Build Your Business:

Tips for an Accountable Staff

July 11, 2016

Are you frustrated by your employees’ failure to meet stated goals, make deadlines or keep to an on-time production schedule?

Following are five tips for pushing your crew to have a better, more efficient mindset and deliver the accountability your shop needs to grow.

1. Absolute Expectations
One of the things that I most often find in shops is that there really isn’t much communication regarding specific expectations. You should be crystal clear at all times regarding your desired final outcome, how success will be defined, the target date for completion and how your crew should handle the task.

Just to be clear, this should be a conversation, not an edict handed down from Mount Olympus. Quit throwing lightning bolts. That style of management doesn’t foster any love from the troops.

In fact, the more you discuss the challenge that’s ahead with your crew, the better you’ll understand the roadblocks that could affect whether they can meet your goal. Strategize how things should happen. Develop the plan together.
For example, let’s say that a 5,000-piece, three-location order is coming in. Your sales staff just landed the deal. The order has to ship next Friday. The schedule is already packed, so how is production going to pull this one off? Is crossing your fingers your idea of a plan? Taking the time to have the dialog about this order is the best thing you can do.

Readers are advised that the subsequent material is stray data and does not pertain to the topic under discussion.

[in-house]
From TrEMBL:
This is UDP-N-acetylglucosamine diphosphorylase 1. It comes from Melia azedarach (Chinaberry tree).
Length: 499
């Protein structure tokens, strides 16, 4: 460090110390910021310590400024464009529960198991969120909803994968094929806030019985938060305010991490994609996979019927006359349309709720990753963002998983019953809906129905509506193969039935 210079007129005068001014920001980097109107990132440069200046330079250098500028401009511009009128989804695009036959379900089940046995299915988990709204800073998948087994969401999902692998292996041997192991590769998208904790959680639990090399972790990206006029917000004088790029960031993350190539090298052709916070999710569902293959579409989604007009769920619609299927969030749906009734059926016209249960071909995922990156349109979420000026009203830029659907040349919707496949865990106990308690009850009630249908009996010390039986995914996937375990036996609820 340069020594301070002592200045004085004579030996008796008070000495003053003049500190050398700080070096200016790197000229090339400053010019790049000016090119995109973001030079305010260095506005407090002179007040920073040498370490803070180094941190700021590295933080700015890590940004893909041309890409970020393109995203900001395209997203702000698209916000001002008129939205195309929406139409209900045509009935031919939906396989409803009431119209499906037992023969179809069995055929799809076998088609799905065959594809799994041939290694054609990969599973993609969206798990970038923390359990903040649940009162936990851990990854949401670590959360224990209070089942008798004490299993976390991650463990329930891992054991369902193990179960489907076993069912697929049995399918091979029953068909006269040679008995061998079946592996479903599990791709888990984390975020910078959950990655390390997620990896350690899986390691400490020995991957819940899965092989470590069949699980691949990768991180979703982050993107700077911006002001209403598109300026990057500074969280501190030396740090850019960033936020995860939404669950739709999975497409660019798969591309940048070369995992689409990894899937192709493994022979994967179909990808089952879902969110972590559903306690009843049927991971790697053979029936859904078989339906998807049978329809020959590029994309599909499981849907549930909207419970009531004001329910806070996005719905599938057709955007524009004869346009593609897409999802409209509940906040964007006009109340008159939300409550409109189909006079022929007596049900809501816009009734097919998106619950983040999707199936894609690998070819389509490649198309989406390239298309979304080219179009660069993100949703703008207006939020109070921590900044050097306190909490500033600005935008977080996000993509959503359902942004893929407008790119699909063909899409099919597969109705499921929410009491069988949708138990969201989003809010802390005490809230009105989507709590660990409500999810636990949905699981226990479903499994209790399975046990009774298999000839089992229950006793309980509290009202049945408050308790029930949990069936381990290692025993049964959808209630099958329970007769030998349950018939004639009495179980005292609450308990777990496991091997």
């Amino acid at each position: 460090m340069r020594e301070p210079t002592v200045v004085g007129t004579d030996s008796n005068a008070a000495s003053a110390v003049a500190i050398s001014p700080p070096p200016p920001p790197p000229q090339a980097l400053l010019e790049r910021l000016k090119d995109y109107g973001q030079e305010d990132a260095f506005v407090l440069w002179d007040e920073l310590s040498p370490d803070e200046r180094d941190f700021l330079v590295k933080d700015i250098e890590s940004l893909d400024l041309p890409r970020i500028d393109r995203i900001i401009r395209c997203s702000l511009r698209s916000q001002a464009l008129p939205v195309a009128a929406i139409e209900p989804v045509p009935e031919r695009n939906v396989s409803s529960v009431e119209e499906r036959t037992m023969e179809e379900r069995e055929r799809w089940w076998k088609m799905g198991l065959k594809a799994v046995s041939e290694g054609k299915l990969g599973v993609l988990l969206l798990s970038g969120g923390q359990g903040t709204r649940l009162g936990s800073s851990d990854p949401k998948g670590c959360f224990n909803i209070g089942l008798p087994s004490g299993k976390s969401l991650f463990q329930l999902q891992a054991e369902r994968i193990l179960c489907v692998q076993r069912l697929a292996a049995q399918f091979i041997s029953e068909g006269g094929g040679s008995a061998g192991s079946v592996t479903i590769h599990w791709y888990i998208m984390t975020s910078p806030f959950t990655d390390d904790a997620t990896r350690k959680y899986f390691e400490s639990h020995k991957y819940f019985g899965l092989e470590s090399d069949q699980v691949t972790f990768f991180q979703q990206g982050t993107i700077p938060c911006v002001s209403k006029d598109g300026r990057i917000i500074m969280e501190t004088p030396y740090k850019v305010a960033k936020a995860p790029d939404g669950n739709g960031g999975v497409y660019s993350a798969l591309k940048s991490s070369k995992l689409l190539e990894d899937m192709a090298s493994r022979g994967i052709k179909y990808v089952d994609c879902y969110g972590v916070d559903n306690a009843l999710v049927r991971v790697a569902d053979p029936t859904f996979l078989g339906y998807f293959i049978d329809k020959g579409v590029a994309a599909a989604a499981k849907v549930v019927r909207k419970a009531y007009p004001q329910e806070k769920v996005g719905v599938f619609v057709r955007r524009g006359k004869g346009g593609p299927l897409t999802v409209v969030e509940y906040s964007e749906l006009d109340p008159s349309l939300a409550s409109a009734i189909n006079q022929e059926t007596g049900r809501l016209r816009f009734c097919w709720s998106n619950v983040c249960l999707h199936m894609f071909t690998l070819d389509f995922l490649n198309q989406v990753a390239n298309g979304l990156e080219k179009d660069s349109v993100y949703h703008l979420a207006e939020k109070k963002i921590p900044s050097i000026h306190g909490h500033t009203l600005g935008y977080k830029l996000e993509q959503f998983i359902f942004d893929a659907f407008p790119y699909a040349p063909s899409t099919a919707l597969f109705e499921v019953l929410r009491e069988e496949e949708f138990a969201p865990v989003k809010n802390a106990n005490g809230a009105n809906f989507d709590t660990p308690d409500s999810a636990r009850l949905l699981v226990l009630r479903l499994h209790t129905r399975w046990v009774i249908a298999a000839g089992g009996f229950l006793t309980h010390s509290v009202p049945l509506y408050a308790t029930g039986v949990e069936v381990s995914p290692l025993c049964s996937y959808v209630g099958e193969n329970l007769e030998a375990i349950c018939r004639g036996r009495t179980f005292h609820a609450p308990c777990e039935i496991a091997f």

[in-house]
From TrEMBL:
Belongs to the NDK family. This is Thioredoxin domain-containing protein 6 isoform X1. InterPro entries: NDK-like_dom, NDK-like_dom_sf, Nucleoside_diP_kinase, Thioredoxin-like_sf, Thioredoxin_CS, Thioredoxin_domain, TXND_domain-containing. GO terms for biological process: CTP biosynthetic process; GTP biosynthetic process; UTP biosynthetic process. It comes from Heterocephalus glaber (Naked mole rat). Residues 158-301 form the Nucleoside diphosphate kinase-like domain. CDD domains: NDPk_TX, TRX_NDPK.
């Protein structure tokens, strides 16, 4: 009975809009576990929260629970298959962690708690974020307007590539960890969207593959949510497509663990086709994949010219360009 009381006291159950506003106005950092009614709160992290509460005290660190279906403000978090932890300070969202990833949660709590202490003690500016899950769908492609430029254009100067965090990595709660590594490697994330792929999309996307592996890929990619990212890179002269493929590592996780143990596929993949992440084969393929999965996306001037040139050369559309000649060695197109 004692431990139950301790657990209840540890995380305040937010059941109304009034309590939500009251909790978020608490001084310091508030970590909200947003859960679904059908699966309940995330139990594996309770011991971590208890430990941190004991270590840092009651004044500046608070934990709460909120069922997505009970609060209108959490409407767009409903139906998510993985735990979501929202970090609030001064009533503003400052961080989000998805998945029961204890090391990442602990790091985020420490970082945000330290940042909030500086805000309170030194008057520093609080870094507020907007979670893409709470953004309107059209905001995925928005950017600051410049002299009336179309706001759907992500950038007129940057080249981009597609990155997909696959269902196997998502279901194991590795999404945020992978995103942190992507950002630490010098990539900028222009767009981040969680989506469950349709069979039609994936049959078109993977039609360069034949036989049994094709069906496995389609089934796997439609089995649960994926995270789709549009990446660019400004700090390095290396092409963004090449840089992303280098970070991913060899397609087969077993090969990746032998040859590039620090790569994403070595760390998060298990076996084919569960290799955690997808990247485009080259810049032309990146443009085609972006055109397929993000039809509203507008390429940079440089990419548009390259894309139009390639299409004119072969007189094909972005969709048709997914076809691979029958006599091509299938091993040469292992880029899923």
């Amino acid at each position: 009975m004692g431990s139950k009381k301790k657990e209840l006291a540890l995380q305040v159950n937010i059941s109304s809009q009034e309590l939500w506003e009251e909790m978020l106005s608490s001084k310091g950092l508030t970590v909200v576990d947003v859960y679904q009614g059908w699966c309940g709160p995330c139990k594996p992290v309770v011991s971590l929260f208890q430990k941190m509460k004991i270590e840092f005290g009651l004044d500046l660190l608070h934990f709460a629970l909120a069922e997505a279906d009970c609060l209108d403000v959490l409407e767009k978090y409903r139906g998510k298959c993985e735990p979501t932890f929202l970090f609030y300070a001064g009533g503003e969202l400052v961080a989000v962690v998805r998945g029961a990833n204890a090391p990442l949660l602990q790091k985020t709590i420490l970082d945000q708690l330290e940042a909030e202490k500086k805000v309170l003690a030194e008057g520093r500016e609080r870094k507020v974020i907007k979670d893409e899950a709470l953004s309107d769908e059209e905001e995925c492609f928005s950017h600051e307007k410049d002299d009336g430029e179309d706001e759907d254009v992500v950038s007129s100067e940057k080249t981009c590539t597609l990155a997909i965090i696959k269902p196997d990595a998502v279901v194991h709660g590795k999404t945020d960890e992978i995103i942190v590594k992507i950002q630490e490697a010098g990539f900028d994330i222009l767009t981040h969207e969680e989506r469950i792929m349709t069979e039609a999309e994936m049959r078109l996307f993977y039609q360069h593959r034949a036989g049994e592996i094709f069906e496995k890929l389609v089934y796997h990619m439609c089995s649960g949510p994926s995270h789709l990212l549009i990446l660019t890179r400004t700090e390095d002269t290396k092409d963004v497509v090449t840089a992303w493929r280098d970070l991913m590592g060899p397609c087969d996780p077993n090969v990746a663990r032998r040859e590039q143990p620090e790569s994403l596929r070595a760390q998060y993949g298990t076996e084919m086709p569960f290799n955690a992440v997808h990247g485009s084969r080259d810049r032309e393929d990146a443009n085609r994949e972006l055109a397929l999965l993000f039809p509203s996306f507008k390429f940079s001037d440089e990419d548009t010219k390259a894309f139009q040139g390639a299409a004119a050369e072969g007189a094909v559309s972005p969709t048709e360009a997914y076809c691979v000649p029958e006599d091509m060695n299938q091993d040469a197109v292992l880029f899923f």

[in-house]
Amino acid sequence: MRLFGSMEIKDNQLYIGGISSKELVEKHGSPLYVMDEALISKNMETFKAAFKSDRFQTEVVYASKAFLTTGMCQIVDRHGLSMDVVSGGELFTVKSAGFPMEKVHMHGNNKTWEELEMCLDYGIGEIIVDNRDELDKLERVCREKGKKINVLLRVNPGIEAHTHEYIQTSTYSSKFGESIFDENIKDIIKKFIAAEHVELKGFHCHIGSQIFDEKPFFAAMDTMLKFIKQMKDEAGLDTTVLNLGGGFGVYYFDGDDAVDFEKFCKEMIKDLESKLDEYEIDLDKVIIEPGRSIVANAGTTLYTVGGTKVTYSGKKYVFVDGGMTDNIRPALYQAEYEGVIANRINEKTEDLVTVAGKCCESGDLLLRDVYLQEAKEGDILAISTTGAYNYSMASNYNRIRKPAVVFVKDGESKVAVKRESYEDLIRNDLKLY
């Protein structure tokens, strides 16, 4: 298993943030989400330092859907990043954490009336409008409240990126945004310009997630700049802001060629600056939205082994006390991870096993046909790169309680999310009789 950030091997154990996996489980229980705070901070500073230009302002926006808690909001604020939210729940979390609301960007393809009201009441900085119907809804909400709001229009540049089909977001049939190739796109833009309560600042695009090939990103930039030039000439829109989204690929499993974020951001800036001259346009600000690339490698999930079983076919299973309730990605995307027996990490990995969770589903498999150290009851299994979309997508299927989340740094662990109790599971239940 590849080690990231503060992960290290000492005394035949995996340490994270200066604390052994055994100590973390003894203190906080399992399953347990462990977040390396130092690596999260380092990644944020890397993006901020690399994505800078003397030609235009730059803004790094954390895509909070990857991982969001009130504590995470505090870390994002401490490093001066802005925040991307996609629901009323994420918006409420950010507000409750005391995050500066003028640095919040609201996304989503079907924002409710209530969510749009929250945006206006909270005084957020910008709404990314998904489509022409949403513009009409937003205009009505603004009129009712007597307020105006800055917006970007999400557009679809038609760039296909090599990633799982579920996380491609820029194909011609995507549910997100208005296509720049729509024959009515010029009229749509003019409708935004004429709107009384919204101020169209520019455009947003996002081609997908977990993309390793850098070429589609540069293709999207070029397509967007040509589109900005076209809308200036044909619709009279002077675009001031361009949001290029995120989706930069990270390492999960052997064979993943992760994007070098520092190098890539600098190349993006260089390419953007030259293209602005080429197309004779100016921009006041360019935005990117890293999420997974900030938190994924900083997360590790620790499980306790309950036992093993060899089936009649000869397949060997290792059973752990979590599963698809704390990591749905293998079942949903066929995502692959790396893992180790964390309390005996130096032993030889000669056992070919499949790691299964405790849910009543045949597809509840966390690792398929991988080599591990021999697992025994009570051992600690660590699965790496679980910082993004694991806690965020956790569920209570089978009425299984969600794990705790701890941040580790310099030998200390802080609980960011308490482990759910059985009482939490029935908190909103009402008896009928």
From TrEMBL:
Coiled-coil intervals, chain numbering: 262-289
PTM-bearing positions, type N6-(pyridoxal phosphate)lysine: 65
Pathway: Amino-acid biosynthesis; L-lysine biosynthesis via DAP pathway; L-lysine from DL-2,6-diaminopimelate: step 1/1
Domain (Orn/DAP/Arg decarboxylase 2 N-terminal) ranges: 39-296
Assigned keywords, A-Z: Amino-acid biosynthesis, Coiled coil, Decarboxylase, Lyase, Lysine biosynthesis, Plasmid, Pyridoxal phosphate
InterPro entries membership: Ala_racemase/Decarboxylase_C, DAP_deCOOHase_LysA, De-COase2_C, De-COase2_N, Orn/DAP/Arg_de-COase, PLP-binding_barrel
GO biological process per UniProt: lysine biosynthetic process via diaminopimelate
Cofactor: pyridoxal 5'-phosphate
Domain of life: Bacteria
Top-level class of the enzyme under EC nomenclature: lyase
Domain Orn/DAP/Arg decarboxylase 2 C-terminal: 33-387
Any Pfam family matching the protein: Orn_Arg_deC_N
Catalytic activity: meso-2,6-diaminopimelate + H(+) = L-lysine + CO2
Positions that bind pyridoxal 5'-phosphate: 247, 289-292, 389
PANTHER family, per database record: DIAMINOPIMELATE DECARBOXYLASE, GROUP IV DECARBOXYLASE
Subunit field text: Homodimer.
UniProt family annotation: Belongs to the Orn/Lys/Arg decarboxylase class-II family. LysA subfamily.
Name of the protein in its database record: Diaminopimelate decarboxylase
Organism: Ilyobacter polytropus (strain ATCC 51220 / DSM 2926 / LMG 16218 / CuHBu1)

Getting the orders for two of the locations produced might not be much of an issue; but finalizing the third in the time needed could be the challenge. Other orders may already be booked on the schedule, but a closer look might reveal that the client has two smaller orders that are just for stock replenishment. By contacting the customer, you may be able to get them to agree that the third location can jump ahead of these in production so it can ship on time.

By having the conversation with your production team regarding the order, you’ve established clear expectations regarding the job and have worked out a plan to resolve the potential scheduling roadblock. Also, by pushing the expectations onto the client and requesting some help with the production schedule issue, you’ve deflected part of the challenge back onto them for resolution. Everyone is happier because they were included in the solution.